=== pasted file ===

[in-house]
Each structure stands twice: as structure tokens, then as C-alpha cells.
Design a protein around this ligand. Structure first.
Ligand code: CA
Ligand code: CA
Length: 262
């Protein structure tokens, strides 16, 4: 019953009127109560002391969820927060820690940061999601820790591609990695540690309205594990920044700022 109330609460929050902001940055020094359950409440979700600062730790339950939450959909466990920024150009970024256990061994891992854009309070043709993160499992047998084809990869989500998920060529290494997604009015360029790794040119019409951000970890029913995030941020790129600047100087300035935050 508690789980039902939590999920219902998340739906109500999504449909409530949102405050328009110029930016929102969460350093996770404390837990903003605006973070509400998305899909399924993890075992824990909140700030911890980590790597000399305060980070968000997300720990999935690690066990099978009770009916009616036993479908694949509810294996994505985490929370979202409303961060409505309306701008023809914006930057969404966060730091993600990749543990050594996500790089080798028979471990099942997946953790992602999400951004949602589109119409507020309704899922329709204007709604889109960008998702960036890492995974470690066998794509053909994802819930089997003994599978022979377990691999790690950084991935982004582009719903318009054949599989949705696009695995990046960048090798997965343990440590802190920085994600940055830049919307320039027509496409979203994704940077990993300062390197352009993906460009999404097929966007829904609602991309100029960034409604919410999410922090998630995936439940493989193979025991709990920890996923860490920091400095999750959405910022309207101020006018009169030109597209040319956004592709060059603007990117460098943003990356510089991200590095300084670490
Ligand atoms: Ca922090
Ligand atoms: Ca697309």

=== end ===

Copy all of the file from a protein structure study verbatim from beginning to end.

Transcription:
[in-house]
Each structure stands twice: as structure tokens, then as C-alpha cells.
Design a protein around this ligand. Structure first.
Ligand code: CA
Ligand code: CA
Length: 262
């Protein structure tokens, strides 16, 4: 019953009127109560002391969820927060820690940061999601820790591609990695540690309205594990920044700022 109330609460929050902001940055020094359950409440979700600062730790339950939450959909466990920024150009970024256990061994891992854009309070043709993160499992047998084809990869989500998920060529290494997604009015360029790794040119019409951000970890029913995030941020790129600047100087300035935050 508690789980039902939590999920219902998340739906109500999504449909409530949102405050328009110029930016929102969460350093996770404390837990903003605006973070509400998305899909399924993890075992824990909140700030911890980590790597000399305060980070968000997300720990999935690690066990099978009770009916009616036993479908694949509810294996994505985490929370979202409303961060409505309306701008023809914006930057969404966060730091993600990749543990050594996500790089080798028979471990099942997946953790992602999400951004949602589109119409507020309704899922329709204007709604889109960008998702960036890492995974470690066998794509053909994802819930089997003994599978022979377990691999790690950084991935982004582009719903318009054949599989949705696009695995990046960048090798997965343990440590802190920085994600940055830049919307320039027509496409979203994704940077990993300062390197352009993906460009999404097929966007829904609602991309100029960034409604919410999410922090998630995936439940493989193979025991709990920890996923860490920091400095999750959405910022309207101020006018009169030109597209040319956004592709060059603007990117460098943003990356510089991200590095300084670490
Ligand atoms: Ca922090
Ligand atoms: Ca697309």